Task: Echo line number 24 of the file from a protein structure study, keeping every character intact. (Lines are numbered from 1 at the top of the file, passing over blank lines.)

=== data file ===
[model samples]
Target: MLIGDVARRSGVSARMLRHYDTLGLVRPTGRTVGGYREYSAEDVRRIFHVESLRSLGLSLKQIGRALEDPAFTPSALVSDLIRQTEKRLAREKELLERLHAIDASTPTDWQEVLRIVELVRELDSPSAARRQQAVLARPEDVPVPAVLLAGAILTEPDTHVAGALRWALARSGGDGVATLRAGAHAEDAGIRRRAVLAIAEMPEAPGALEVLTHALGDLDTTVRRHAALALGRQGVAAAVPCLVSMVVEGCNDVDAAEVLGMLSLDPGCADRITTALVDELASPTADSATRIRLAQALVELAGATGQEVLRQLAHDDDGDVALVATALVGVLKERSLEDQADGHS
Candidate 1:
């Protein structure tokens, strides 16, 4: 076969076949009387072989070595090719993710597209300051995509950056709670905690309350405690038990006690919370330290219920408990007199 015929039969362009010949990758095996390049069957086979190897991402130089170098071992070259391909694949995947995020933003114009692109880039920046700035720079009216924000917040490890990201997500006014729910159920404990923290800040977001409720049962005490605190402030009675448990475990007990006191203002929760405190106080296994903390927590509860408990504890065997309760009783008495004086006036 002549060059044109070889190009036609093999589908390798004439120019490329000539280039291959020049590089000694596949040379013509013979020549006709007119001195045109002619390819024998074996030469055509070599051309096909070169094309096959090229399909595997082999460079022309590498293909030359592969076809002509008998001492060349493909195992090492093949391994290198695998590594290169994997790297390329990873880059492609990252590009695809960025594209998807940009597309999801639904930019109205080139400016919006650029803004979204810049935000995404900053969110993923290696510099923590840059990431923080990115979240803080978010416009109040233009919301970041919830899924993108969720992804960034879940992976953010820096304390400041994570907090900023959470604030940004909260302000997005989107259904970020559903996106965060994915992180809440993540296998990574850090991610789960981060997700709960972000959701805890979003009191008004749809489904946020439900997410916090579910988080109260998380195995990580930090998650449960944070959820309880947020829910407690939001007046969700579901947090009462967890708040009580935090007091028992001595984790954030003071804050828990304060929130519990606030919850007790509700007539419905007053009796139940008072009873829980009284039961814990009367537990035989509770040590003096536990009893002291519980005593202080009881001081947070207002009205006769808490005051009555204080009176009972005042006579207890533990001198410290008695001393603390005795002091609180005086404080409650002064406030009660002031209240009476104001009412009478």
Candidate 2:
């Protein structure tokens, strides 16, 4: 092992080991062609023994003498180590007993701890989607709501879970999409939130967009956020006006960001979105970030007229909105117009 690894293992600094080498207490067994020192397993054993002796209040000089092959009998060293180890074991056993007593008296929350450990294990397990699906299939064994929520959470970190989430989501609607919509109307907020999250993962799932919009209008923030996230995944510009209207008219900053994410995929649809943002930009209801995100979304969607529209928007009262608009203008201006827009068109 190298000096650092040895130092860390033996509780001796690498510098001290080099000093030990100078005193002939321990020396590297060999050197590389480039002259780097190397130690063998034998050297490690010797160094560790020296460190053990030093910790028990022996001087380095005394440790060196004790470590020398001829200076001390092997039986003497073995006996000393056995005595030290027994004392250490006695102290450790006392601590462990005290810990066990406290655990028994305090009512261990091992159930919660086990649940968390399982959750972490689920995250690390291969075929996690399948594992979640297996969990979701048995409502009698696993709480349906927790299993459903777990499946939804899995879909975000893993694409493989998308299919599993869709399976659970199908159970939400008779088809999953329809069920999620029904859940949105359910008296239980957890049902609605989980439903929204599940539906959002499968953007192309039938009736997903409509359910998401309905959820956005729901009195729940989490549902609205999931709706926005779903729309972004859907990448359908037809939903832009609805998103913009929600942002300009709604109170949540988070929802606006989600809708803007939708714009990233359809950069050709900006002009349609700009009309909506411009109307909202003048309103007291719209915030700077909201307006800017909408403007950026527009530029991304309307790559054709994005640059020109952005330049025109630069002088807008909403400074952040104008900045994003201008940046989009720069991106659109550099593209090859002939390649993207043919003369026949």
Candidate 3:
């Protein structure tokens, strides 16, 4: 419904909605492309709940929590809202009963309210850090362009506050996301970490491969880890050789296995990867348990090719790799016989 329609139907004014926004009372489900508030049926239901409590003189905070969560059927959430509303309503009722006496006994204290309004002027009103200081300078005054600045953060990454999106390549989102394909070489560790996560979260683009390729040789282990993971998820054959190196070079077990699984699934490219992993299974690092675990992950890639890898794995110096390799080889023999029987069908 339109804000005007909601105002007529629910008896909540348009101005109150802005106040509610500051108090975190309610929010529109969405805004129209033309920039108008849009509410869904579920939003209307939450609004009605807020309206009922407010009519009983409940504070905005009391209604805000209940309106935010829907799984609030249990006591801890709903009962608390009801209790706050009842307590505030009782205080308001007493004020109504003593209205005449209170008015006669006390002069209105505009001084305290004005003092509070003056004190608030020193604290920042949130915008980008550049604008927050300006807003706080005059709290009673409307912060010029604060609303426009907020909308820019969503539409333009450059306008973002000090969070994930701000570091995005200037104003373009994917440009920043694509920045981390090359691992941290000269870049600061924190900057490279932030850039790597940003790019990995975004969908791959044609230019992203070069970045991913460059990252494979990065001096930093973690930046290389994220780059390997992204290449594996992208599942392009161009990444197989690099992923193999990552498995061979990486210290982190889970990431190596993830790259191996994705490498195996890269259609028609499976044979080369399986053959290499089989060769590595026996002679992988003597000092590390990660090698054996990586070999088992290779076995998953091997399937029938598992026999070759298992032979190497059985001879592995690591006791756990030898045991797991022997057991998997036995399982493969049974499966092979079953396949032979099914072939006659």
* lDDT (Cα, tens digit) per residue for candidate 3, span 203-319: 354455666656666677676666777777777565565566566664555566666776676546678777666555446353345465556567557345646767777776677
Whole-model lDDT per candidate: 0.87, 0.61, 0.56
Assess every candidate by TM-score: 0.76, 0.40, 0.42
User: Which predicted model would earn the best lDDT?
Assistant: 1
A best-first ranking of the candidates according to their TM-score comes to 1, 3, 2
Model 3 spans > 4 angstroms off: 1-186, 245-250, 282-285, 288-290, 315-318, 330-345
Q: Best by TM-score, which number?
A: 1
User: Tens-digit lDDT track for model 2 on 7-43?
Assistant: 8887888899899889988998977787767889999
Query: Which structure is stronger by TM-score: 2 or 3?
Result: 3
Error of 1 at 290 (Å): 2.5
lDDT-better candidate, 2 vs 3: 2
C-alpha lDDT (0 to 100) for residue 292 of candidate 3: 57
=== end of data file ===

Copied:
C-alpha lDDT (0 to 100) for residue 292 of candidate 3: 57